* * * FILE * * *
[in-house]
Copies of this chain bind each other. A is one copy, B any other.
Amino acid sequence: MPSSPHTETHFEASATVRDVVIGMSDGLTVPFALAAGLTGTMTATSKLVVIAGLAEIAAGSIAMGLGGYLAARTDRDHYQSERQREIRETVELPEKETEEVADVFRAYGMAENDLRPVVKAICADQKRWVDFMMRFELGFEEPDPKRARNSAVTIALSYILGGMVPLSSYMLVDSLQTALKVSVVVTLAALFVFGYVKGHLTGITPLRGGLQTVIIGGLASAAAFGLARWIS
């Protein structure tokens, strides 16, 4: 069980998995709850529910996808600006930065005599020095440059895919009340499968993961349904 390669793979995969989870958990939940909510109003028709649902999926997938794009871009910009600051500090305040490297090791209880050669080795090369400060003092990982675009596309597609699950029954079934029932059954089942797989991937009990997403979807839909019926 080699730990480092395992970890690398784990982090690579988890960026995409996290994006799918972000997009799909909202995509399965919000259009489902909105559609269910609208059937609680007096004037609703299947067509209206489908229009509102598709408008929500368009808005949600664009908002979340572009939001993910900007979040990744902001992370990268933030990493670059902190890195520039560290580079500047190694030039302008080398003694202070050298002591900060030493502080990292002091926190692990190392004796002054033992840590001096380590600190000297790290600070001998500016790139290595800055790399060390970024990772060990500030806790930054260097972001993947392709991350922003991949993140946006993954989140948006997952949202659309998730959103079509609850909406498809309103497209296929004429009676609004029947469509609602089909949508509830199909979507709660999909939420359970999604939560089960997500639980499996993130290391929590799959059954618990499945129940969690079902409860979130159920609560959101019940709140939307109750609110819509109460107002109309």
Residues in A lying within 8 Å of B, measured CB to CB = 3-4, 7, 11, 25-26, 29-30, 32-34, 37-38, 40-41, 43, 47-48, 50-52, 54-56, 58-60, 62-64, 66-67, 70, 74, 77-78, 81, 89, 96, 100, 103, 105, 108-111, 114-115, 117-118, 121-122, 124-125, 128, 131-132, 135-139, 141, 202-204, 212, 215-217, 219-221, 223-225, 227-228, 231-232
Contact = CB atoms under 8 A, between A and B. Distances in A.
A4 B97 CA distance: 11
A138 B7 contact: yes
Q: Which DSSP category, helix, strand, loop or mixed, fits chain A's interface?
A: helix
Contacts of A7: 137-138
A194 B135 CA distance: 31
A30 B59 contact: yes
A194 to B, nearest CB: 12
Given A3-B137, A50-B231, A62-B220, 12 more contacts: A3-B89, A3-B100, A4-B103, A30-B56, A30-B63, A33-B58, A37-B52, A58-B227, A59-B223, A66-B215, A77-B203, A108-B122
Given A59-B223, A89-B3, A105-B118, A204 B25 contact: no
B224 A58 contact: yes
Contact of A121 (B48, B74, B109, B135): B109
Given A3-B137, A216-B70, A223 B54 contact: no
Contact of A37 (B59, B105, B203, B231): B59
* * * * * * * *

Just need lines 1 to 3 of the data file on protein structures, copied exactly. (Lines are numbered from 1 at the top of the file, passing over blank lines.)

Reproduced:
[in-house]
Copies of this chain bind each other. A is one copy, B any other.
Amino acid sequence: MPSSPHTETHFEASATVRDVVIGMSDGLTVPFALAAGLTGTMTATSKLVVIAGLAEIAAGSIAMGLGGYLAARTDRDHYQSERQREIRETVELPEKETEEVADVFRAYGMAENDLRPVVKAICADQKRWVDFMMRFELGFEEPDPKRARNSAVTIALSYILGGMVPLSSYMLVDSLQTALKVSVVVTLAALFVFGYVKGHLTGITPLRGGLQTVIIGGLASAAAFGLARWIS